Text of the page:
Blog/Podcast: What Small Law Firms Are Getting Right About Diversity and Inclusion
Cultural changes have impacted law firms significantly over the last few decades, shaping practice areas, billing systems and the business of law. Another area that has had significant implications for law firms and their clients in recent years: diversity and inclusion.
Valerie Fontaine, partner at legal consulting firm SeltzerFontaine, has been placing lawyers at leading law firms for more than three decades, and she’s seen firsthand the evolution of diversity and inclusion in the legal field. She joined the Law Firm Marketing Catalyst podcast to take a deep dive into what diversity and inclusion means today, why clients are demanding it and why small firms are leading the way when it comes to fostering it.
Diversity and Inclusion Support One Another
When Valerie started her career as a recruiter in the 80s, diversity was a new topic she had to introduce to her law firm clients. Although diversity was something she and her fellow recruiters were passionate about, many law firms didn’t yet see the value in having diverse teams, and at the time, the definition of diversity was limited to women and people of color.
Since then, diversity has expanded to include LGBTQ people, people with disabilities, veterans and other marginalized groups. Mental health is now an emerging part of the conversation, and there’s a greater emphasis on diversity of thought. And now it’s not just diversity that firms care about, but also inclusion.
Diversity is simply looking at the metrics and meeting a quota of women, people of color and other marginalized lawyers who work at the firm. Inclusion, on the other hand, is making those people feel truly welcome and supporting their success. They aren’t just there so the firm can check a box; they’re there to play a real role, become an integral part of the organization and advance in the firm. Today, it’s not enough to hire a few people from underrepresented groups. Clients want to know their firms are actively including, listening to and promoting these lawyers, and they want to see the proof.
Diversity Is Not Optional
Since 2004, in-house counsel and other clients have been making a point to ask their law firms to have diverse teams not only in their numbers, but also actually participating in matters. This change was initiated by a group of corporations that created a call to action for their law firms to increase diversity. This movement was solidified in 2017, when the American Bar Association passed Resolution 113 and developed diversity metrics that allow corporations to compare law firms based on their diversity. One such metric is the Mansfield Rule, which requires that 30 percent of candidates for significant leadership roles be people from communities of color or other underrepresented groups. Many law firms signed onto this rule voluntarily.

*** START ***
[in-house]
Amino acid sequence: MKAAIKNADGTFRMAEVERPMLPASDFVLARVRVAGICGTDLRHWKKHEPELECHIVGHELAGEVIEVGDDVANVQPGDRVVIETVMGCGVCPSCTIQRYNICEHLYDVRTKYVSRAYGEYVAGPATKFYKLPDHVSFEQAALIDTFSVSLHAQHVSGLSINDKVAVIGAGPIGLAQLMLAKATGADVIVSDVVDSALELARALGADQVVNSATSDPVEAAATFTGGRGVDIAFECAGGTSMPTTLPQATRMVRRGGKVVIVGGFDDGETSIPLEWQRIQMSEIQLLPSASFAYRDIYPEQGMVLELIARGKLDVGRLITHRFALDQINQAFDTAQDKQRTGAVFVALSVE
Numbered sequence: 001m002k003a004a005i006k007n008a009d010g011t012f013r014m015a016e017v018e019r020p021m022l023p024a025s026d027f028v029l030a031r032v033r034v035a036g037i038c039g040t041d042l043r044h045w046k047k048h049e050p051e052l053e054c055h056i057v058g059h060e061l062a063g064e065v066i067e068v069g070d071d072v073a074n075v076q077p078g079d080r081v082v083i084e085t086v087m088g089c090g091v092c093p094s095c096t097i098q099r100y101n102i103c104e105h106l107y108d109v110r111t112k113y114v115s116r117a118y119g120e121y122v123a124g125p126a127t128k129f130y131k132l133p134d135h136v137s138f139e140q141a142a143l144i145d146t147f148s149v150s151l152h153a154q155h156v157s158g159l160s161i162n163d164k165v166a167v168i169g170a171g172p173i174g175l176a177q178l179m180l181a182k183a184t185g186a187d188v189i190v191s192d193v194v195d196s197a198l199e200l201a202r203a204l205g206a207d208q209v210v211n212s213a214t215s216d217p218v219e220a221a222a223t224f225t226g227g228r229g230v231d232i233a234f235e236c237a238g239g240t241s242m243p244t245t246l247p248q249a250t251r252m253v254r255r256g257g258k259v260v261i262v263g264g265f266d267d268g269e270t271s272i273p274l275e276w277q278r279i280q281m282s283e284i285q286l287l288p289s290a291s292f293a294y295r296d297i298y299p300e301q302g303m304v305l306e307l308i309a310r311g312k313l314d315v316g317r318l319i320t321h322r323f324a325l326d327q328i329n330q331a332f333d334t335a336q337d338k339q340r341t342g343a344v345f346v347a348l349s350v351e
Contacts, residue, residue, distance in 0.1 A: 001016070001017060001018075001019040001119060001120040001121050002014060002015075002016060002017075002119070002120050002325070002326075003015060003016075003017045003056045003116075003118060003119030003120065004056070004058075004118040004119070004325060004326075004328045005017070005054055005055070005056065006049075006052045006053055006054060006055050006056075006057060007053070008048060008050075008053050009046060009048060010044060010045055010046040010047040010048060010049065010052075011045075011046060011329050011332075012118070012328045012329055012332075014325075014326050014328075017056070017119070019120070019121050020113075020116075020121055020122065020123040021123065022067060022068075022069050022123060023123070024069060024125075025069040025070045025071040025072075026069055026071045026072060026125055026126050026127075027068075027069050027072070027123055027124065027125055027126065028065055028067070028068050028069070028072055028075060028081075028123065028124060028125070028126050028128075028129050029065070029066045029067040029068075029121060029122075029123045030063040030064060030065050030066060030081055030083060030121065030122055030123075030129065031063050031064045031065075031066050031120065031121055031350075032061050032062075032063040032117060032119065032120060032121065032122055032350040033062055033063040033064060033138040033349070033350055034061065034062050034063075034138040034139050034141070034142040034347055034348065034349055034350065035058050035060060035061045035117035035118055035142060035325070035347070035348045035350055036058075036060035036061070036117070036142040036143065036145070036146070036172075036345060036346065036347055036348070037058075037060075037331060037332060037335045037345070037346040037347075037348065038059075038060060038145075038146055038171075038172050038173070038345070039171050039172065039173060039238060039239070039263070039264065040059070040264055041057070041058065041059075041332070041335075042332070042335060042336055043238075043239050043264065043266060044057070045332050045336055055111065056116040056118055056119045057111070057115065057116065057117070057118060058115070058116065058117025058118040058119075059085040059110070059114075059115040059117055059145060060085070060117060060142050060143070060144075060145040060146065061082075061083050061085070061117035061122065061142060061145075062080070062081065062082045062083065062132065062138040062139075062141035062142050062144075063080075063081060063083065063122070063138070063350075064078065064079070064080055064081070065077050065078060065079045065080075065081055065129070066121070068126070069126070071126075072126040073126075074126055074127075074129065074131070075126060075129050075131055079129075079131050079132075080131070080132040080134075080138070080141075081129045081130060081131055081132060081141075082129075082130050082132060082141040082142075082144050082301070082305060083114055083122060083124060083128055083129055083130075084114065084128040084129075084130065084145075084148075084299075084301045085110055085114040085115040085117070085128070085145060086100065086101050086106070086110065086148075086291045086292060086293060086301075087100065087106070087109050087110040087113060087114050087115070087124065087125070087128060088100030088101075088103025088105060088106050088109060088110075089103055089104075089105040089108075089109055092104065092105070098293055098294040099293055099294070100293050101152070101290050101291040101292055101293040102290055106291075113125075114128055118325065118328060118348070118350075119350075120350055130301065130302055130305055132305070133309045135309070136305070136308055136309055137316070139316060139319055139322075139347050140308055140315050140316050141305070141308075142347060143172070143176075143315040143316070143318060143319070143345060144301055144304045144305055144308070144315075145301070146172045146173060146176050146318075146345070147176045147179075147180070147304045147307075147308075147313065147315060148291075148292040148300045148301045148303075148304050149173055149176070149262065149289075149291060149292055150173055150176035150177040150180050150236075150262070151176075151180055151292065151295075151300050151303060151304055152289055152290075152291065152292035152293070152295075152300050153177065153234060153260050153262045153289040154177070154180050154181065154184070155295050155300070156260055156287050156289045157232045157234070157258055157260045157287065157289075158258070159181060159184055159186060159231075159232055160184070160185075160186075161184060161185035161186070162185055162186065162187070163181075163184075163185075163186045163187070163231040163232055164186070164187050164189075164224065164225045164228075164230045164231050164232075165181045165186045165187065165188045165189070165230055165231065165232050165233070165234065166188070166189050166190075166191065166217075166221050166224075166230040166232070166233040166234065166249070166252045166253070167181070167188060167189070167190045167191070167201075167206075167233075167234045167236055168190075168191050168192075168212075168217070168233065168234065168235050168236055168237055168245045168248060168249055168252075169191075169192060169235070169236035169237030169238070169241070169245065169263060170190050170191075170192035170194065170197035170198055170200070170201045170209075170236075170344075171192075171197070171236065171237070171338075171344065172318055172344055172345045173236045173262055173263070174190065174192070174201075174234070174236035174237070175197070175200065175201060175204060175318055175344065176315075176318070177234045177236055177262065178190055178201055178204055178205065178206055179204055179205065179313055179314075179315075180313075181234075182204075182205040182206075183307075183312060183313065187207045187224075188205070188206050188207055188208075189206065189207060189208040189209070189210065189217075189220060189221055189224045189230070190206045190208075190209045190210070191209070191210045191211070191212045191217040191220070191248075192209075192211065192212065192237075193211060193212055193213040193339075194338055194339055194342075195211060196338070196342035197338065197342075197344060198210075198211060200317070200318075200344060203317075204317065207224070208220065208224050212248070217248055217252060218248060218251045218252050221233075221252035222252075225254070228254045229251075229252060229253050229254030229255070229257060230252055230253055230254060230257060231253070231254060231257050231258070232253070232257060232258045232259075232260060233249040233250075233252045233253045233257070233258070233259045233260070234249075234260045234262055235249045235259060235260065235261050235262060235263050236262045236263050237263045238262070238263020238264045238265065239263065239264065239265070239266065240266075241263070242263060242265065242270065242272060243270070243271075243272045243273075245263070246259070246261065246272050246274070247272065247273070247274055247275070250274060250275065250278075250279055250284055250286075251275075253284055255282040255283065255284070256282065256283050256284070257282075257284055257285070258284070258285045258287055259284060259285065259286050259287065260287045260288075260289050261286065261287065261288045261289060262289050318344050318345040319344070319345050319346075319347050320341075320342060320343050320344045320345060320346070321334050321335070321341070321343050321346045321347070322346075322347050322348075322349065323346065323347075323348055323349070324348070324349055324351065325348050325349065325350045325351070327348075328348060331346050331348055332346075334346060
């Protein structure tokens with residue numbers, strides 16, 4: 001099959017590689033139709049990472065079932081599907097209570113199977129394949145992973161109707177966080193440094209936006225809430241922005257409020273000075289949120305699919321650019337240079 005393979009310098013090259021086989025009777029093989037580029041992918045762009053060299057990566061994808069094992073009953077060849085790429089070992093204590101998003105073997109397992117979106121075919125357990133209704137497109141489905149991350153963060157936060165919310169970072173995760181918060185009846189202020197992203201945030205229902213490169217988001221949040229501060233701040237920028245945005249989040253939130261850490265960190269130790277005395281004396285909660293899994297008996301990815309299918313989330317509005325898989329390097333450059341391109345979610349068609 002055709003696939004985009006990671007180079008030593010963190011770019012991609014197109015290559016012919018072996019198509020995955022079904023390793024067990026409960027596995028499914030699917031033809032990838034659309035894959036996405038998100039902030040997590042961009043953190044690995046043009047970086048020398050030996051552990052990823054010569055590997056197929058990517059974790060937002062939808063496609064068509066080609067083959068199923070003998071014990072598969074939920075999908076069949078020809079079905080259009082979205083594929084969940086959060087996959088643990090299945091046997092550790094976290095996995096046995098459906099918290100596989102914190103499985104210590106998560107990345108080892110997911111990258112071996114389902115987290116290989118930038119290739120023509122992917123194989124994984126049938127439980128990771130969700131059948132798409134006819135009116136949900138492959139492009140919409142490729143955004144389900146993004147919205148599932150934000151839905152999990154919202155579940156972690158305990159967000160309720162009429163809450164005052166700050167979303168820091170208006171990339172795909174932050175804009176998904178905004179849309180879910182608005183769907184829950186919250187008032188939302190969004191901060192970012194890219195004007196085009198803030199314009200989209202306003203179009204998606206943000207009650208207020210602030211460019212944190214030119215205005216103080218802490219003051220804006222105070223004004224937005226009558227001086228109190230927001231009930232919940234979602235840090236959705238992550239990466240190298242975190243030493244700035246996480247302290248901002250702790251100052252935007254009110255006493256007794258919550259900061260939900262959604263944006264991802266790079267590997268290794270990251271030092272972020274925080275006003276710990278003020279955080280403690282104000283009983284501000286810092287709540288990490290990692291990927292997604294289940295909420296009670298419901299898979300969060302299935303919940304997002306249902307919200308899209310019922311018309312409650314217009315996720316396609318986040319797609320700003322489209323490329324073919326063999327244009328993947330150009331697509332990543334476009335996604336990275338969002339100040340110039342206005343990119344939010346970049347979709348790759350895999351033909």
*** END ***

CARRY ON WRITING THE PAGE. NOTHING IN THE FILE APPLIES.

All of this is to say that diversity and inclusion is not something that’s optional for law firms. It is a major requirement for a large percentage of clients, and it will only become more important going forward. For example, Intel has announced that as of January 2021, it will only retain outside law firms where at least 21 percent of equity partners are women and at least 10 percent are non-white, LGBTQ, former military or disabled. Quite simply, law firms will not get work from major clients such as Intel unless they diversify.
Small and Nimble Firms Are in the Best Position to Foster Diversity
Diversity and inclusion isn’t just a hot topic for Big Law. Small and regional firms need to care about diversity as well, and the good news is that the firms can be particularly attractive to minority talent. Even though boutiques and regionals may not be able to compete with large firms in terms of compensation, they can offer something just as valuable: opportunity.
Like any other lawyer, minority lawyers are looking for ways to expand their skills through hands-on experience and mentorship. Though the deals may be smaller at regional firms, there’s more opportunity for lawyers to take on client responsibility, lead teams, manage matters or even try cases—all things that are more difficult to do as an early- or mid-career lawyer in a large firm. This is why small firms are often in a better position to compete for in-demand minority candidates, and why general counsel are increasingly looking at small firms to meet their diversity and inclusion goals.
Small firms also tend to be less strict about hiring candidates only from certain law schools or class rankings. A number of studies have shown that pedigree is not necessarily correlated to success in the practice of law. One study even found that lawyers from lower-ranked law schools perform better in their careers because they’re naturally “hungrier.” Firms willing to expand their criteria may be able to hire a wider variety of lawyers, and therefore, they can compete for business that larger or less nimble firms might be losing out on.